Sunday, July 26, 2009

Bruce Haack - The Electric Lucifer

Artist: Bruce Haack
Album: The Electric Lucifer
Label: Omni

1 - Electric to Me Turn
2 - Word, The (Narration)
3 - Cherubic Hymn
4 - Program Me
5 - War
6 - National Anthem to the Moon
7 - Chant of the Unborn
8 - Incantation
9 - Angel Child
10 - Word Game
11 - Song of the Death Machine
12 - Super Nova
13 - Requiem

After hearing late-'60s rock & roll from his friend Chris Kachulis, Bruce Haack added acid rock to his already diverse sonic palette. The result was 1970s "Electric Lucifer", a psychedelic, anti-war song cycle about the battle between heaven and hell. The underlying concept of this concept album is "Powerlove," a divine force that not only unites humanity but forgives Lucifer his transgressions as well. But though this album extols the healing powers of peace and love, "Electric Lucifer" uses often menacing music and lyrics to get its point across. "War" depicts the battle royale between good and evil with a martial beat and salvos from dueling synthesizers; a child's voice murmurs "I don't want to play anymore," and a funereal synth melody replaces the electronic battle march. Haack's marriage of rock rhythms and his unique electronics creates a sound unlike either his previous work or the era's psychedelic rock, but songs like "Incantation" and "Word Game," with their percolating beats, buzzing synths and vocoders, are much trippier than most acid rock. The strangely forlorn "Song of the Death Machine" sounds a bit like a short-circuiting HAL singing "My Darling Clementine," while "Word Game" features cool, dark electro-rock and brain-teasing lyrics like "Ray of sun/Reason/Knowledge/No legends." Kachulis sings on both of these tracks, and his deadpan vocals complement the weirdness going on around him nicely. His involvement with "Electric Lucifer" also includes aiding the album's release on Columbia Records; though it was Haack's only major-label release, "Electric Lucifer" remains musically innovative and subversive. [Source: AMG]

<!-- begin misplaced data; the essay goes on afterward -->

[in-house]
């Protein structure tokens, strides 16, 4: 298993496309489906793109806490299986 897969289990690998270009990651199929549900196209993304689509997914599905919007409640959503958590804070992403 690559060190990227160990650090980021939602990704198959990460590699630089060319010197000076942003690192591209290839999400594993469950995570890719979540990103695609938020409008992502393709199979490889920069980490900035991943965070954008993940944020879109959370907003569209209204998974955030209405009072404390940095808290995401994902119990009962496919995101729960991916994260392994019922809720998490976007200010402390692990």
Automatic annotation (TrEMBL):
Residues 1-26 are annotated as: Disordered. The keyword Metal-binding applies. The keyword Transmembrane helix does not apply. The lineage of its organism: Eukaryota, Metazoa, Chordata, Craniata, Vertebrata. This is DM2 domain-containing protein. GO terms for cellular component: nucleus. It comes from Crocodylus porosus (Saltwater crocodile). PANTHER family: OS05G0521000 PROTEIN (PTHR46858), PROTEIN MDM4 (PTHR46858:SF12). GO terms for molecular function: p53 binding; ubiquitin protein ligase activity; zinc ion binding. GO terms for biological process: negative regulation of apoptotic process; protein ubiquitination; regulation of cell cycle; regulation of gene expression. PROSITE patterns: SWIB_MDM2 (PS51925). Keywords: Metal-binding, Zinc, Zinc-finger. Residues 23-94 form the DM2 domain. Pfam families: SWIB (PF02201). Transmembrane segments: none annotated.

Monday, July 13, 2009

Johnny Thunders - So Alone

Artist: Johnny Thunders
Album: So Alone
Label: Sire/London/Rhino
Year: 1978
Genre: Rock

01 - Pipeline
02 - You Can't Put Your Arms Around A Memory
03 - Great Big Kiss
04 - Ask Me No Questions
05 - Leave Me Alone
06 - Daddy Rollin' Stone
07 - London Boys
08 - (She's So) Untouchable
09 - Subway Train
10 - Downtown
11 - Dead Or Alive
12 - Hurtin'
13 - So Alone
14 - The Wizard

Probably best known for his stint as the founding lead guitarist of the glam-punk innovators the New York Dolls, Johnny Thunders also was a prolific solo artist as well as a member of the first "all-junkie band" Johnny Thunders and the Heartbreakers.

So Alone is Thunders' strongest solo offering, featuring some fierce guitar licks and bratty, bleating vocal styles that wouldn't have sounded out of place had they been recorded ten years later during the heyday of butt-rock. The only difference--Thunders knew his history, and the illusions to early rockabilly and R&B shine through on every track. About as raw, ugly and unpretentious as rock music gets, So Alone is a must own for any fan of late '70s protopunk or just plain dirty rock n' roll.